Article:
Don’t forget to bring your binoculars as Langley Vale Wood teams with birds. The most exciting birds that we have seen include treecreepers, swallows, greater spotted and green woodpeckers and red kites. Friends have told me that they have heard a cuckoo but I haven’t been that lucky yet. Check out the Woodland Trust page for the full run down of feathered friends to see.
Walk, Horseride or Cycle
Bridleways and footpaths run along the edge of the wood and across the middle. If you are on a bike or a horse remember that bridleways are for you and pedestrians and that footpaths are only for those on foot. The Woodland Trust is also creating a network of permissive paths to explore deep into the woodland. National cycle route 22 crosses the wood.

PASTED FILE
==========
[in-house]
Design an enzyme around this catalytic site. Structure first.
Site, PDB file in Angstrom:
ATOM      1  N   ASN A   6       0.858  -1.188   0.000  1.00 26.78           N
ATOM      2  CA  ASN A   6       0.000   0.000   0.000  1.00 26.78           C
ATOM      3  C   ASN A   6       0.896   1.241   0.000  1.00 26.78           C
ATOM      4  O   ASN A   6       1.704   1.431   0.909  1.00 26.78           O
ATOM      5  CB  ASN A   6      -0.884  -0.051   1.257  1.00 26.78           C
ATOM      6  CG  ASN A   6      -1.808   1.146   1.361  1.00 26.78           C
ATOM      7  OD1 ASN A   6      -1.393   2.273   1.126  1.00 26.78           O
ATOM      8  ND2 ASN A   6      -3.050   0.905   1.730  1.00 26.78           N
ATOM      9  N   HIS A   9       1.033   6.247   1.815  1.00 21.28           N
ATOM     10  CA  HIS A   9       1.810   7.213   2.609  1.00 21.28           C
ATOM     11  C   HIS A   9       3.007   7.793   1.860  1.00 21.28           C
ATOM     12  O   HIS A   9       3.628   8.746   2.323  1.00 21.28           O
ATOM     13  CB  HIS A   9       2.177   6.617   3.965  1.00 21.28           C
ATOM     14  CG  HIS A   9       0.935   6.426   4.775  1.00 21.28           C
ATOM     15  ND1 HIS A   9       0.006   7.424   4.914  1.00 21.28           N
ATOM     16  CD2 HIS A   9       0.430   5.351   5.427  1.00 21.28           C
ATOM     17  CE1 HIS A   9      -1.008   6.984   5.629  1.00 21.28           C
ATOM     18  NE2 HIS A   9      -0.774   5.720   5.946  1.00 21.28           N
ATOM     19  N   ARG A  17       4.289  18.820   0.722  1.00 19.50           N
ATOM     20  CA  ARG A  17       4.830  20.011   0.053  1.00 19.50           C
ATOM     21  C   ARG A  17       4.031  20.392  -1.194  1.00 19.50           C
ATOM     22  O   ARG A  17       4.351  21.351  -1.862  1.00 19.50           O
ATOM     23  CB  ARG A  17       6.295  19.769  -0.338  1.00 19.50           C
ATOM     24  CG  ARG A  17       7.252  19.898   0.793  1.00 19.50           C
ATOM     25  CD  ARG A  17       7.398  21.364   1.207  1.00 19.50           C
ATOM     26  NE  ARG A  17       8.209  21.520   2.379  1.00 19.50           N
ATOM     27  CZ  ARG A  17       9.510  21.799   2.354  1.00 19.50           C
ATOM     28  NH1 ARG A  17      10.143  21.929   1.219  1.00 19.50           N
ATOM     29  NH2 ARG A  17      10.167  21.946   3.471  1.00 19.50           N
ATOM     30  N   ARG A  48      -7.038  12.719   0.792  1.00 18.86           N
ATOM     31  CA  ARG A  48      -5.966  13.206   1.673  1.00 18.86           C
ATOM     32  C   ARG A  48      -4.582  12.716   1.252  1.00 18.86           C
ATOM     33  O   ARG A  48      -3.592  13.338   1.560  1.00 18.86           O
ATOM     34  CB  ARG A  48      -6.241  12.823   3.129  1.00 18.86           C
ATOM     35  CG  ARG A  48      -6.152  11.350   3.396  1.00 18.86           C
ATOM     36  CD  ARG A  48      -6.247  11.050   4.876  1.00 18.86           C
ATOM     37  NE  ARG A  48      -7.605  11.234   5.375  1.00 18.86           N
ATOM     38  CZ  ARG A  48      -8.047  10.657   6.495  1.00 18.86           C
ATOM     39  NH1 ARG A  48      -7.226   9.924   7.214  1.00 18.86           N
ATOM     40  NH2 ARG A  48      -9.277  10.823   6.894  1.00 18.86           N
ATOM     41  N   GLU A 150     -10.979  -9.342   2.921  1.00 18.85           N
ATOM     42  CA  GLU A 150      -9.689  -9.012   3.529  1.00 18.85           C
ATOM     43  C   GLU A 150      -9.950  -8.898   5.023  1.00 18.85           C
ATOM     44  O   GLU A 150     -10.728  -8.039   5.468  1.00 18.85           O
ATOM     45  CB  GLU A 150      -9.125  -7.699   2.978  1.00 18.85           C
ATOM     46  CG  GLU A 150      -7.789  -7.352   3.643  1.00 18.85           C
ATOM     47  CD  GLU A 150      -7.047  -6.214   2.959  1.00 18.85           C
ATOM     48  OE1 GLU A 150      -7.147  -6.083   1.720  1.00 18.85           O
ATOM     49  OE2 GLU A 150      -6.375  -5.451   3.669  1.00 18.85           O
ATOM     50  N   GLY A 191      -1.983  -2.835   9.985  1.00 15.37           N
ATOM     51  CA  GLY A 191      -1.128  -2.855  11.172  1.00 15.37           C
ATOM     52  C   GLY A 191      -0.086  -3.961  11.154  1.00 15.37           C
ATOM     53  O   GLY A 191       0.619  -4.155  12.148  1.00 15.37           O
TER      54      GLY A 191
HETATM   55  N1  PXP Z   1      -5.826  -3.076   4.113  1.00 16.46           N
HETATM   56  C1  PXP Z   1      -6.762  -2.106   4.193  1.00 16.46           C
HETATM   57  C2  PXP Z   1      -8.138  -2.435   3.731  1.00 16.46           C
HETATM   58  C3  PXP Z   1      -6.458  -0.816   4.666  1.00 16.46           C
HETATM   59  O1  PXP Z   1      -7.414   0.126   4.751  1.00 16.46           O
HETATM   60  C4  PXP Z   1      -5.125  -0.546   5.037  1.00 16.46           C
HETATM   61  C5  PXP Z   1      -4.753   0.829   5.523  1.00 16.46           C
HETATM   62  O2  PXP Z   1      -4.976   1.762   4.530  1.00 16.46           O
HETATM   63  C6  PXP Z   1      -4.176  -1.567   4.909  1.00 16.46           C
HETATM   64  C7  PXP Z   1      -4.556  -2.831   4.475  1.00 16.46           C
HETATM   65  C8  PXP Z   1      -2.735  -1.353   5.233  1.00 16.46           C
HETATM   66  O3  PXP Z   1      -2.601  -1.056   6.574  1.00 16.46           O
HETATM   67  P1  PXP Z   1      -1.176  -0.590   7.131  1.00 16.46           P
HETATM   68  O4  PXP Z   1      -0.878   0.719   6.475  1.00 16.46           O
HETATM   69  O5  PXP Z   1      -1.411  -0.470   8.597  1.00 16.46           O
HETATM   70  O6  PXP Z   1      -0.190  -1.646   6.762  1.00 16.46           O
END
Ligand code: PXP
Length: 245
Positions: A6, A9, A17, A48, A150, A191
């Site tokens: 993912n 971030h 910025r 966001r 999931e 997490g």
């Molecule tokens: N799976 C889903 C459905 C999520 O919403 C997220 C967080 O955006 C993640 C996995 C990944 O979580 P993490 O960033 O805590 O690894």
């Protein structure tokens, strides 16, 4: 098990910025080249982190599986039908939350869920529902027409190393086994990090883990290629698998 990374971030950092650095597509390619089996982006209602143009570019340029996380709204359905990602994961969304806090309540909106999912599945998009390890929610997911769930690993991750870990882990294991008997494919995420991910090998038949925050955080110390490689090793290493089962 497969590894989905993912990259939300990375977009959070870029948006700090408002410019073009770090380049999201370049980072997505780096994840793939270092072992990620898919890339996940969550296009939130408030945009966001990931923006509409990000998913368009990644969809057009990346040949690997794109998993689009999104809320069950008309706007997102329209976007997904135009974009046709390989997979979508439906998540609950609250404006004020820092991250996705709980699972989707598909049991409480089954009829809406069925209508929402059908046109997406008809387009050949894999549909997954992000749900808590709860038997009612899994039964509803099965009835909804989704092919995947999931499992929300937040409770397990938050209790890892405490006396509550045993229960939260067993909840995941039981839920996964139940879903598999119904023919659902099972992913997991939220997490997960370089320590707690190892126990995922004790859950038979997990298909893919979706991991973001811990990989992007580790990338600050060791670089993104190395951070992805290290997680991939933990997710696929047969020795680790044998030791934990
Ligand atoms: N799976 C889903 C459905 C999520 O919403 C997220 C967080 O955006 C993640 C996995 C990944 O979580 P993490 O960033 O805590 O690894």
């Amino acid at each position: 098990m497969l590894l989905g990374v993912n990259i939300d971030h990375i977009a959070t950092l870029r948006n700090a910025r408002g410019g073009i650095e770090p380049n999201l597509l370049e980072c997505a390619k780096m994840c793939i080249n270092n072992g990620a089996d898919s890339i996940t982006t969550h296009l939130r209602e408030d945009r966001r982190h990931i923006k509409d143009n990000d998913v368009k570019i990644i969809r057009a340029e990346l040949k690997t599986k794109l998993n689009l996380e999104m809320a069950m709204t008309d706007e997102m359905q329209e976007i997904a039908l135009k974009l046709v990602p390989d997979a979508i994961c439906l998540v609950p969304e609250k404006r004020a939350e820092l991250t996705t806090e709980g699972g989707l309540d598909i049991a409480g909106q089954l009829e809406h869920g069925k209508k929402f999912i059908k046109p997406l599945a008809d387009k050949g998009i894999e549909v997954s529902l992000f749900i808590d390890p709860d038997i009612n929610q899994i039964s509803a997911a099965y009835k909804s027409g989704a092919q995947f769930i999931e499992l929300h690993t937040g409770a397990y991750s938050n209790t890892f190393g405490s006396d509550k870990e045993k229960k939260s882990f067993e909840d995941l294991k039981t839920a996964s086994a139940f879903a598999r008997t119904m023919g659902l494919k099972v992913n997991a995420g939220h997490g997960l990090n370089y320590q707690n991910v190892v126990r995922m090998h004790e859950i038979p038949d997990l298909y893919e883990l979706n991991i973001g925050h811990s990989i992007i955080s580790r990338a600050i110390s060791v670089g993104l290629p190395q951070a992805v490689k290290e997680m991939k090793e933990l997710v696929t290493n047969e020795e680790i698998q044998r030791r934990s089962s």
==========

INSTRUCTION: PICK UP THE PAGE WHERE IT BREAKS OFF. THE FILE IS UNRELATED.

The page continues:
One of the bridleways is called Sheep Walk and as you walk or ride along it you are following in the footsteps of shepherds and sheep (as the name implies). During Tudor times the wool trade expanded greatly in Surrey and a network of droving lanes across the Downs was set up to enable the sheep to get to market. Sheep Walk is one of them, close by is another bridleway called Shepherds’ Walk this area must have been alive to sound of bleating sheep.
Langley Vale Map
As the woods are still being planted, an up to date map of all the paths is yet to be made. Here is the Woodland Trust’s latest map with some additions of my own, all the red words are mine. The paths that criss-cross Epsom Downs are easy to spot and clearly marked on Ordnance Survey maps.
Walking Route Map
Drumroll please … I have worked out how to record my walking routes and share them with you. Here is the walking map from the Tea Hut car park on Epsom Downs to the statues and back.
How to get to Langley Vale Centenary Wood